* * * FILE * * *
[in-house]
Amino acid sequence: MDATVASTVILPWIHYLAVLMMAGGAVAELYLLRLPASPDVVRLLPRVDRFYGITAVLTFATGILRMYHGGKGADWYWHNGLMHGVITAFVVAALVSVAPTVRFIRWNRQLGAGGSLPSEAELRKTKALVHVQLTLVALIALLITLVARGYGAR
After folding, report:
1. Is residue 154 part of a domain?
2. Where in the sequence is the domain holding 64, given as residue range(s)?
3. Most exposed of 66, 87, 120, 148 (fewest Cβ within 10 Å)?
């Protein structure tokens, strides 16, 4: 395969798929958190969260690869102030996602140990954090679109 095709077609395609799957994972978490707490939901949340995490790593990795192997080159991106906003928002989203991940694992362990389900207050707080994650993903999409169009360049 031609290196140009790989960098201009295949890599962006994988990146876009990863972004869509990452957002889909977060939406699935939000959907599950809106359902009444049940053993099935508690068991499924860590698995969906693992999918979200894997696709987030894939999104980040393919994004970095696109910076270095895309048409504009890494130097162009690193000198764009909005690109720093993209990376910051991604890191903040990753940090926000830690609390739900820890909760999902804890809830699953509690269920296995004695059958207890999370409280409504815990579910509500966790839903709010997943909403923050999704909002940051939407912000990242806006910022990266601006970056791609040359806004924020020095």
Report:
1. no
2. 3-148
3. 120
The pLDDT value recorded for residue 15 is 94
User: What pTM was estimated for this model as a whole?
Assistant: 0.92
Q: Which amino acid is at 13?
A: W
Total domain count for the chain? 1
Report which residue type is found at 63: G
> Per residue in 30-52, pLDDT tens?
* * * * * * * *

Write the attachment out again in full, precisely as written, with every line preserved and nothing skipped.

[in-house]
Amino acid sequence: MDATVASTVILPWIHYLAVLMMAGGAVAELYLLRLPASPDVVRLLPRVDRFYGITAVLTFATGILRMYHGGKGADWYWHNGLMHGVITAFVVAALVSVAPTVRFIRWNRQLGAGGSLPSEAELRKTKALVHVQLTLVALIALLITLVARGYGAR
After folding, report:
1. Is residue 154 part of a domain?
2. Where in the sequence is the domain holding 64, given as residue range(s)?
3. Most exposed of 66, 87, 120, 148 (fewest Cβ within 10 Å)?
């Protein structure tokens, strides 16, 4: 395969798929958190969260690869102030996602140990954090679109 095709077609395609799957994972978490707490939901949340995490790593990795192997080159991106906003928002989203991940694992362990389900207050707080994650993903999409169009360049 031609290196140009790989960098201009295949890599962006994988990146876009990863972004869509990452957002889909977060939406699935939000959907599950809106359902009444049940053993099935508690068991499924860590698995969906693992999918979200894997696709987030894939999104980040393919994004970095696109910076270095895309048409504009890494130097162009690193000198764009909005690109720093993209990376910051991604890191903040990753940090926000830690609390739900820890909760999902804890809830699953509690269920296995004695059958207890999370409280409504815990579910509500966790839903709010997943909403923050999704909002940051939407912000990242806006910022990266601006970056791609040359806004924020020095």
Report:
1. no
2. 3-148
3. 120
The pLDDT value recorded for residue 15 is 94
User: What pTM was estimated for this model as a whole?
Assistant: 0.92
Q: Which amino acid is at 13?
A: W
Total domain count for the chain? 1
Report which residue type is found at 63: G
> Per residue in 30-52, pLDDT tens?